CMS Proposed Payment Changes for Outpatient Procedures
On July 14, 2014, the CMS released its Proposed Hospital Outpatient Prospective Payment System (OPPS) schedule for out-patient departments, ambulatory surgery centers (ASCs) and the Medicare Physician Fee Schedule (PFS).
On July 14, 2014, the CMS released its Proposed Hospital Outpatient Prospective Payment System (OPPS) schedule for out-patient departments, ambulatory surgery centers (ASCs) and the Medicare Physician Fee Schedule (PFS). Hospital out-patient procedures cover services like imaging services, emergency department services and out-patient procedures and surgeries.
Medicare’s ASC category describes specific surgical procedures designated by CMS to not pose a significant safety risk when performed in an ASC. Generally, ASCs do not require active medical monitoring or an overnight stay.
The proposal recommends an average increase of 2.1% over the current payment level. The plan also includes an increase of $5.2 billion, up to $56.5 billion, payment for beneficiary cost-sharing and an adjustment for changes in enrollment, utilization and case-mix.
Here are the key points to know about how the proposed changes will affect physician medical billing:
CMS switching to a more comprehensive payment system
More than 4,000 facilities–general acute care hospitals, inpatient rehabilitation facilities, inpatient psychiatric facilities, long-term acute care hospitals, children’s hospitals, and cancer hospitals as well as 5,300 Medicare-certified ASCs, received payments paid under the OPPS, according to the CMS.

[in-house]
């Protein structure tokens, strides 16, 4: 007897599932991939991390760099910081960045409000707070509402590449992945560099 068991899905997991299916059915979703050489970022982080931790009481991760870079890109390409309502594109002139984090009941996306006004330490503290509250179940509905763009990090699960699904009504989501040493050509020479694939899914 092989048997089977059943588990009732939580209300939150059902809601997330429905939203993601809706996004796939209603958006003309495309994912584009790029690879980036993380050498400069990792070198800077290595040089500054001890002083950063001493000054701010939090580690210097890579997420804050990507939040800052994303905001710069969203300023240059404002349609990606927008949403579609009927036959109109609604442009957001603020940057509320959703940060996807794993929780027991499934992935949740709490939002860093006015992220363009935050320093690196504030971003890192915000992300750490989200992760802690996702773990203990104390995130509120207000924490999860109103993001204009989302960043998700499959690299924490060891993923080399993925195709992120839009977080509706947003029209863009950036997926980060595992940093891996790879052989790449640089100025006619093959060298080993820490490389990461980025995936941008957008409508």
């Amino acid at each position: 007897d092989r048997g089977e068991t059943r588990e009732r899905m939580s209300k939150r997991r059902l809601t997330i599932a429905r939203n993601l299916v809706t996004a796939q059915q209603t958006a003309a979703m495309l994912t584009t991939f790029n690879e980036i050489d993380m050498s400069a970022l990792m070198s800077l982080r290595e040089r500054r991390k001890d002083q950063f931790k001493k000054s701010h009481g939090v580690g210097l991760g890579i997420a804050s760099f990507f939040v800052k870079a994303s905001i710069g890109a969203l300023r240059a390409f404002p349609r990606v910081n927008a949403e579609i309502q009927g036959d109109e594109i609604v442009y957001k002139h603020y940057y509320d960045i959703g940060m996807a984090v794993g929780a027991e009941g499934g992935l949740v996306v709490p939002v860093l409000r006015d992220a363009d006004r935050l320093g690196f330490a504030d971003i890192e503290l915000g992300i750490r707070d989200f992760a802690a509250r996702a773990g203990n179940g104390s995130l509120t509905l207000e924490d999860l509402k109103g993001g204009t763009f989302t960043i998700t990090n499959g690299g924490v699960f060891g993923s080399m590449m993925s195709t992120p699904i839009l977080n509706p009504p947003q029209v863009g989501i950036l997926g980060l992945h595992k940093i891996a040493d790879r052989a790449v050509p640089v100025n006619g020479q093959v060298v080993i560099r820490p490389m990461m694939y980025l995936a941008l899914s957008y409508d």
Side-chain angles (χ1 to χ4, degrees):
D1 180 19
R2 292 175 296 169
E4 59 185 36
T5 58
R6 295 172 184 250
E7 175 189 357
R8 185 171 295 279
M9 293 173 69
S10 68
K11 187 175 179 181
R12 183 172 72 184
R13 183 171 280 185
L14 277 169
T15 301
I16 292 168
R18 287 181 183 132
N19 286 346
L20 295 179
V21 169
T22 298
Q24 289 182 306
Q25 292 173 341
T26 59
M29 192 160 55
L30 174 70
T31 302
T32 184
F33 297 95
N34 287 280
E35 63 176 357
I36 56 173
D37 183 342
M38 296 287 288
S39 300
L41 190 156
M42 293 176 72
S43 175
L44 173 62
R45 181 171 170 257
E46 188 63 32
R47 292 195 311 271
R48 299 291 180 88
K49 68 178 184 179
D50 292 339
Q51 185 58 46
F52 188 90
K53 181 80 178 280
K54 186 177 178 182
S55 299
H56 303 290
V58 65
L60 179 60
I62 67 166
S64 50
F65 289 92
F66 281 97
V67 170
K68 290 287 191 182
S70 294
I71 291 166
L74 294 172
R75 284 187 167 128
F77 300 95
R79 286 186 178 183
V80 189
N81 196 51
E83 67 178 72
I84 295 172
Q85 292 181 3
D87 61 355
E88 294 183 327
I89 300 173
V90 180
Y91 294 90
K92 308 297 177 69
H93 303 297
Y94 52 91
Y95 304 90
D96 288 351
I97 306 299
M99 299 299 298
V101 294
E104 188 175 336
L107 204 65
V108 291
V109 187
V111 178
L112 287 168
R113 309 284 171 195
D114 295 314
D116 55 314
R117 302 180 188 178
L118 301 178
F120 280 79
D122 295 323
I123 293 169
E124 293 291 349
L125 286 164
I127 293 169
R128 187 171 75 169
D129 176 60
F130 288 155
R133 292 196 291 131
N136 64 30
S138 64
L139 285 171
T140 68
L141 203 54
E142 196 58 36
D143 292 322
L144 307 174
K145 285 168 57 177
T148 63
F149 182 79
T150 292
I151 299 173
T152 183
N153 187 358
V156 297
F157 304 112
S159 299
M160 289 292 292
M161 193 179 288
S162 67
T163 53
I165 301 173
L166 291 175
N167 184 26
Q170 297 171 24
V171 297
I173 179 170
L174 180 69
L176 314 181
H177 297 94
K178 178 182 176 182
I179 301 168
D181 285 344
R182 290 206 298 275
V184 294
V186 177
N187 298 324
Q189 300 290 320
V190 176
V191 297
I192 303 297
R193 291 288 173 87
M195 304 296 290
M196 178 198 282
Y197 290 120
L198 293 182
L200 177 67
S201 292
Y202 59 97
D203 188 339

The payment amount depends on the Ambulatory Payment Classification (APC) category that the procedure or service is assigned. CMS plans to revise the current OPPS from a hybrid model and fee schedule into a system that has a more complete range of out-patient prospective payments.
Market basket index to increase
The market basket index incorporates wages and prices for a blend of goods and services. It contains the most common groupings of hospital inpatient and operating costs, which includes physician medical billing.
The CMS forecasts a 2.7% increase for the market basket, minus 0.2 percent as required by law and a 0.4 percent adjustment, leaving the index 2.1% higher in the 2015 calendar year.
Adjustment to the ASC annual update
Each year, the CMS adjusts ASC payments to reflect the percentage increase in the Consumer Price Index for all consumers (CPI-U). CPI-U represents the most commonly used statistic for identifying inflation or deflation in the US economy. The CPI update will increase 1.7 percent. The multifactor productivity adjustment will be 0.5 percent for 2015, which is a 1.2 percent MFP-adjusted CPI-U update for calendar year 2015.
Transparency and more Input into payment rate
The Medicare Physician Fee Schedule changes call for increased transparency for payment rates and to allow more public input into the process for setting the rates. In 2016 the proposed payment changes will have a notice and comment period before adoption.
Here are some other important takeaways from the proposed hospital OPPS payment schedule:
Sets the hospital outlier threshold to trigger when the facility cost of furnishing a service surpasses 1.75 times the Ambulatory Payment Classification (APC) payment amount and exceeds the APC payment amount by $3,100.
Confirms the policy for implementing 28 comprehensive APCs – proposed and finalized in 2014 – for calendar year 2015.
Conditionally packages services in ancillary service APCs with costs estimated at $100 or less.
Changes that will modify the criteria for “topped out” Hospital Quality Reporting measures or measures that have near universal compliance. Proposals to remove, add, and make reporting voluntary for some other quality measures.
Adopting a system for recovery of Medicare Advantage and Part D overpayments that occurs as a result of inaccurate and inconsistent payment data by Part D sponsors or an MA organization. It would also create an appeals process for MA or Part D plans.